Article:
:: Building The Fish Traps - Mural 2018 ::

:: Melkhoutfontein, Stilbaai, Western Cape, South Africa::
:: February & March 2016 - March & April 2017 - February & March 2018 ::

About the Project    Progress    Murals 2016    Murals 2017
Murals 2018    Encounters with the Swift People

Building Fish Traps    Milkwood Tree    Making Ochre    Under the Milkwood    Swift Ppl 6    Building Fish Traps    Making Ochre At Blombos    Swift Ppl 7

:: 2018 - 8.8m x 6.8m (approx) - Emulsion on Side Elevation ::
:: Judene & Family's House, Melkhoutfontein, Western Cape, South Africa ::
:: Deep gratitude to fellow mural realisers Jason 'Kopa' Joyo, Adrian Solomon, Lindy Bishop & Chris Rimell ::

All along the southern coast of Stilbaai is an amazing technology built by the Khoekhoen people: the fish traps. These are semi-circular stone walls on the shoreline that when the tide comes in provide shelter for fish - when the tide goes out, the fish get trapped, and the Khoekhoen could easily gather the fish for food. This required expert knowledge of the tides, and detailed understanding of how to construct walls using nothing but stone. Some of the fish traps have been archaeologically dated to 3000 years ago.

However, some organised residents of Stilbaai now want to claim that it might have been the colonial Dutch people who built these traps 300 years ago (against the findings of anthropologist Michael de Jongh, world-renowned archaeologist Christopher Henshilwood, and the oral testimonies of descendants of the first Khoekhoen nation). They want to say this to bring more South African tourists to the town, but it is against all archaeological and scientific consensus of the history of the fish traps. Since the people of Melkhoutfontein used to live where Stilbaai is now - they were moved inland during the Apartheid era - this is obviously part of the continuing attempts to dispossess the people of Melkhoutfontein of their ancient history and roots in this region.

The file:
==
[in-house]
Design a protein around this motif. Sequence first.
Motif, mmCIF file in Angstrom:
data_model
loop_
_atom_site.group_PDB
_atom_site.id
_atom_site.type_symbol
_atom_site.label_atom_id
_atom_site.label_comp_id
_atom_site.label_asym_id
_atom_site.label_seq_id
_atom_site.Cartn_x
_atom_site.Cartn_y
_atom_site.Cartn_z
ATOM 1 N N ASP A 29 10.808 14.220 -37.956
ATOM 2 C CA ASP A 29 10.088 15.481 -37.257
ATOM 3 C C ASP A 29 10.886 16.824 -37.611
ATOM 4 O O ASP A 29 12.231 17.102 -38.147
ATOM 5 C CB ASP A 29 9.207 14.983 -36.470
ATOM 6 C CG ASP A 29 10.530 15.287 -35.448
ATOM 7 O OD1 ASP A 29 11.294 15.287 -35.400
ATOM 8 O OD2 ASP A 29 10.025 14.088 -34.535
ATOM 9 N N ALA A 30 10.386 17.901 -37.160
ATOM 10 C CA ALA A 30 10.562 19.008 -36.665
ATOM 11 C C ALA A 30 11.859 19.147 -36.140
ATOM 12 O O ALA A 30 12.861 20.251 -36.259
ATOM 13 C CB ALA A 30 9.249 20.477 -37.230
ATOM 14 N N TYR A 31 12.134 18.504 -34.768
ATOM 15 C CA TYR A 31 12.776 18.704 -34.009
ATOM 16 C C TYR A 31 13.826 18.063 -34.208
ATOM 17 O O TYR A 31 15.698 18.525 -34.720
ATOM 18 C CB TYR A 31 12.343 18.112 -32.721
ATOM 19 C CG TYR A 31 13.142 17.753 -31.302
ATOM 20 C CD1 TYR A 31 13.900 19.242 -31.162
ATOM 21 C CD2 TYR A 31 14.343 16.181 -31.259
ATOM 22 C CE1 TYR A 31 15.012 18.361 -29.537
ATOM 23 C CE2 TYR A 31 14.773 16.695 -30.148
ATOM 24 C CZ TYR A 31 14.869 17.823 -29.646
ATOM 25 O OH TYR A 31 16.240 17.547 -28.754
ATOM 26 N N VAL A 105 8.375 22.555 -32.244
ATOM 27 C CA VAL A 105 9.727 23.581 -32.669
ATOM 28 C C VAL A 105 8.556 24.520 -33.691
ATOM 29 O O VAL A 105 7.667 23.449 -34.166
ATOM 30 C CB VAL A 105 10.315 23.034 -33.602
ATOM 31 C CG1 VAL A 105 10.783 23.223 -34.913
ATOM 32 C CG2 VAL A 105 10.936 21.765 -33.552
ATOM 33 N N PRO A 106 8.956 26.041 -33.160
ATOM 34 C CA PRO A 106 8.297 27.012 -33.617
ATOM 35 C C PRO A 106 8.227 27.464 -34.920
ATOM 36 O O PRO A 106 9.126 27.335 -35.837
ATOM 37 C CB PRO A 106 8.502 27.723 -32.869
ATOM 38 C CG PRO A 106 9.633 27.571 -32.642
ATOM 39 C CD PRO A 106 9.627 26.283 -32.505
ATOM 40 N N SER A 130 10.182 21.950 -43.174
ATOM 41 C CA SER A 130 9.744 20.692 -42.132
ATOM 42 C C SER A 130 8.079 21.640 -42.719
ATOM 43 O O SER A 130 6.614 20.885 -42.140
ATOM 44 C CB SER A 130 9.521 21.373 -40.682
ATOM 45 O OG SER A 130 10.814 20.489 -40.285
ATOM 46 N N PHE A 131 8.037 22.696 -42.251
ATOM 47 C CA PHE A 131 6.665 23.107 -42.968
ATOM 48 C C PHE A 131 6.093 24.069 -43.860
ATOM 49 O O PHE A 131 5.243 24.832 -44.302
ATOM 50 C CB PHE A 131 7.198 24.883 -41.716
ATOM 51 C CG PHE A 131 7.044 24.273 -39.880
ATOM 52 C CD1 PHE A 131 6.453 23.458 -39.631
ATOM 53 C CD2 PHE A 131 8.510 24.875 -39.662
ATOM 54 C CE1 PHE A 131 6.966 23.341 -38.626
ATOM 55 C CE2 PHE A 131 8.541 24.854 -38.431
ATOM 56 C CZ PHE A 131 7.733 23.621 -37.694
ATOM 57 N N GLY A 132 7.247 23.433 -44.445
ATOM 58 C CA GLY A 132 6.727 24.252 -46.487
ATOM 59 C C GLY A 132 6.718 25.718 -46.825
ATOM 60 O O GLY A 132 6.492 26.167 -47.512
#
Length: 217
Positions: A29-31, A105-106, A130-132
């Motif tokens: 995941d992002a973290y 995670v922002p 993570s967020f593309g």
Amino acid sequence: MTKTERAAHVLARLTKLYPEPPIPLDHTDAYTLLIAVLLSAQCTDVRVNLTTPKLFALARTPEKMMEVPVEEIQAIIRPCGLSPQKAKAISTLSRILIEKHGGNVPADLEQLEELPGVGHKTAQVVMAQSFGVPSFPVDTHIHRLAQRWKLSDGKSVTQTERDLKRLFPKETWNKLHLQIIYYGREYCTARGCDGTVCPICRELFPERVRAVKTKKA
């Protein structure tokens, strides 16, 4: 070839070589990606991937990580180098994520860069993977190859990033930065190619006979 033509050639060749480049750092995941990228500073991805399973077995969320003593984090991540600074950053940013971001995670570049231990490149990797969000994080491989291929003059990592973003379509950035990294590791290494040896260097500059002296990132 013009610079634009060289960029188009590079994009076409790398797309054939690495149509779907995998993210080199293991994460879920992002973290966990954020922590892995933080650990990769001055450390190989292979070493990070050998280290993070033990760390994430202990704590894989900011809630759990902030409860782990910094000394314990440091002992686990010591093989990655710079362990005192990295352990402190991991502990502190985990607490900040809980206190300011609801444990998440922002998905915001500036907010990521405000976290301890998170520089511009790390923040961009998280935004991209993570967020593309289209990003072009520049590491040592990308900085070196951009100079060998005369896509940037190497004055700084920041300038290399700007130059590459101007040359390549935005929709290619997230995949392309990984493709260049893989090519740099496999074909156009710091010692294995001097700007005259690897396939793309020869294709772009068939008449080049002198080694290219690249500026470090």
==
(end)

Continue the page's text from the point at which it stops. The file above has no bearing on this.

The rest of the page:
Melkhoutfontein is still a fishing community now, and many people here still go out to sea, even though they now live 7 miles from the coast, and as such this piece of prehistory is becoming much more important to the community. It represents tangible evidence of their roots in the local landscape. To counter this rather absurd attempt at dispossession, this mural has been painted in Melkhoutfontein, showing the Khoekhoen building the fish traps. We are laying claim to the historical truth: the Khoekhoen, the ancestors of the people of Melkhoutfontein, built these ingenious devices, not the incoming Dutch. Perhaps the colonial people might have built a few traps under Khoekhoen instruction, but it should always be recognised that the Khoekhoen were the undoubted innovators of this technology.

Building the Fish Traps

Building the Fish Traps 2

Building the fish traps 3

 

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